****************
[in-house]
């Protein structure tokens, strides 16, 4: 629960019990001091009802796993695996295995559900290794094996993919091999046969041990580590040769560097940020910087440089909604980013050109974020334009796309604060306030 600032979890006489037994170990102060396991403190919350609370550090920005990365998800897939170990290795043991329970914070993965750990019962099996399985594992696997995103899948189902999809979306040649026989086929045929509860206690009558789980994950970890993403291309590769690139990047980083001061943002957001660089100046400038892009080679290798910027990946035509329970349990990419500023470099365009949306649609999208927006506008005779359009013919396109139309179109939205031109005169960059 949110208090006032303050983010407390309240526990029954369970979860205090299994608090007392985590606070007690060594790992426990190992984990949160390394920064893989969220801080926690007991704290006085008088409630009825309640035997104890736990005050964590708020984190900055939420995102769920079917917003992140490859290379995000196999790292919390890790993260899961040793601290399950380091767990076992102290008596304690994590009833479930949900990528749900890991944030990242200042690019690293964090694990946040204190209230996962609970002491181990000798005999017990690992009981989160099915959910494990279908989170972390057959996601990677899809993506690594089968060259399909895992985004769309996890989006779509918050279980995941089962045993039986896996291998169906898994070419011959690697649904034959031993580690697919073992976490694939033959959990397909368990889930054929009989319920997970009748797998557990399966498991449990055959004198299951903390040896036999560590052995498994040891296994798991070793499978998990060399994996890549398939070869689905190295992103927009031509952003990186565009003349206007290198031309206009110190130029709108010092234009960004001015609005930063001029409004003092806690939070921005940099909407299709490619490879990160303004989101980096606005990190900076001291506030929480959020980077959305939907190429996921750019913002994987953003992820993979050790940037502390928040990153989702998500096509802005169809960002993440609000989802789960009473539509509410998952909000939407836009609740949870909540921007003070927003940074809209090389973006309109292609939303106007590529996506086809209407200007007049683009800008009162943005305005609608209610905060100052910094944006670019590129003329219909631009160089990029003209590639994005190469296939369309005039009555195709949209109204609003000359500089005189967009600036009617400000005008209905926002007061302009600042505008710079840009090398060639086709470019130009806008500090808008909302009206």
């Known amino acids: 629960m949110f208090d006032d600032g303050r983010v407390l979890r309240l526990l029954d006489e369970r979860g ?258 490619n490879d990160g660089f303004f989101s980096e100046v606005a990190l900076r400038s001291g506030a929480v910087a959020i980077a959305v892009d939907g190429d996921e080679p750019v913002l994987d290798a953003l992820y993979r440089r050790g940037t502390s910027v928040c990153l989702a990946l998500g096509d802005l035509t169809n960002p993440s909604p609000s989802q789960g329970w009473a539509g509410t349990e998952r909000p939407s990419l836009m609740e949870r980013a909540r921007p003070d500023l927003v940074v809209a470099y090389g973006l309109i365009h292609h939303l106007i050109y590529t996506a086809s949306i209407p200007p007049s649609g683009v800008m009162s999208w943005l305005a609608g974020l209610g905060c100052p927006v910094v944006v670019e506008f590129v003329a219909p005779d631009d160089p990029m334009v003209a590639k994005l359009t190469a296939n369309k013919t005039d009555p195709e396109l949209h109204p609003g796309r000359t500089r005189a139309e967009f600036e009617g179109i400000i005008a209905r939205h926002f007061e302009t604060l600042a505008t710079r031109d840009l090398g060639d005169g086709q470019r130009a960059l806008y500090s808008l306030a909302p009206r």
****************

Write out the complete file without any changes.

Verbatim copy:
[in-house]
């Protein structure tokens, strides 16, 4: 629960019990001091009802796993695996295995559900290794094996993919091999046969041990580590040769560097940020910087440089909604980013050109974020334009796309604060306030 600032979890006489037994170990102060396991403190919350609370550090920005990365998800897939170990290795043991329970914070993965750990019962099996399985594992696997995103899948189902999809979306040649026989086929045929509860206690009558789980994950970890993403291309590769690139990047980083001061943002957001660089100046400038892009080679290798910027990946035509329970349990990419500023470099365009949306649609999208927006506008005779359009013919396109139309179109939205031109005169960059 949110208090006032303050983010407390309240526990029954369970979860205090299994608090007392985590606070007690060594790992426990190992984990949160390394920064893989969220801080926690007991704290006085008088409630009825309640035997104890736990005050964590708020984190900055939420995102769920079917917003992140490859290379995000196999790292919390890790993260899961040793601290399950380091767990076992102290008596304690994590009833479930949900990528749900890991944030990242200042690019690293964090694990946040204190209230996962609970002491181990000798005999017990690992009981989160099915959910494990279908989170972390057959996601990677899809993506690594089968060259399909895992985004769309996890989006779509918050279980995941089962045993039986896996291998169906898994070419011959690697649904034959031993580690697919073992976490694939033959959990397909368990889930054929009989319920997970009748797998557990399966498991449990055959004198299951903390040896036999560590052995498994040891296994798991070793499978998990060399994996890549398939070869689905190295992103927009031509952003990186565009003349206007290198031309206009110190130029709108010092234009960004001015609005930063001029409004003092806690939070921005940099909407299709490619490879990160303004989101980096606005990190900076001291506030929480959020980077959305939907190429996921750019913002994987953003992820993979050790940037502390928040990153989702998500096509802005169809960002993440609000989802789960009473539509509410998952909000939407836009609740949870909540921007003070927003940074809209090389973006309109292609939303106007590529996506086809209407200007007049683009800008009162943005305005609608209610905060100052910094944006670019590129003329219909631009160089990029003209590639994005190469296939369309005039009555195709949209109204609003000359500089005189967009600036009617400000005008209905926002007061302009600042505008710079840009090398060639086709470019130009806008500090808008909302009206």
């Known amino acids: 629960m949110f208090d006032d600032g303050r983010v407390l979890r309240l526990l029954d006489e369970r979860g ?258 490619n490879d990160g660089f303004f989101s980096e100046v606005a990190l900076r400038s001291g506030a929480v910087a959020i980077a959305v892009d939907g190429d996921e080679p750019v913002l994987d290798a953003l992820y993979r440089r050790g940037t502390s910027v928040c990153l989702a990946l998500g096509d802005l035509t169809n960002p993440s909604p609000s989802q789960g329970w009473a539509g509410t349990e998952r909000p939407s990419l836009m609740e949870r980013a909540r921007p003070d500023l927003v940074v809209a470099y090389g973006l309109i365009h292609h939303l106007i050109y590529t996506a086809s949306i209407p200007p007049s649609g683009v800008m009162s999208w943005l305005a609608g974020l209610g905060c100052p927006v910094v944006v670019e506008f590129v003329a219909p005779d631009d160089p990029m334009v003209a590639k994005l359009t190469a296939n369309k013919t005039d009555p195709e396109l949209h109204p609003g796309r000359t500089r005189a139309e967009f600036e009617g179109i400000i005008a209905r939205h926002f007061e302009t604060l600042a505008t710079r031109d840009l090398g060639d005169g086709q470019r130009a960059l806008y500090s808008l306030a909302p009206r």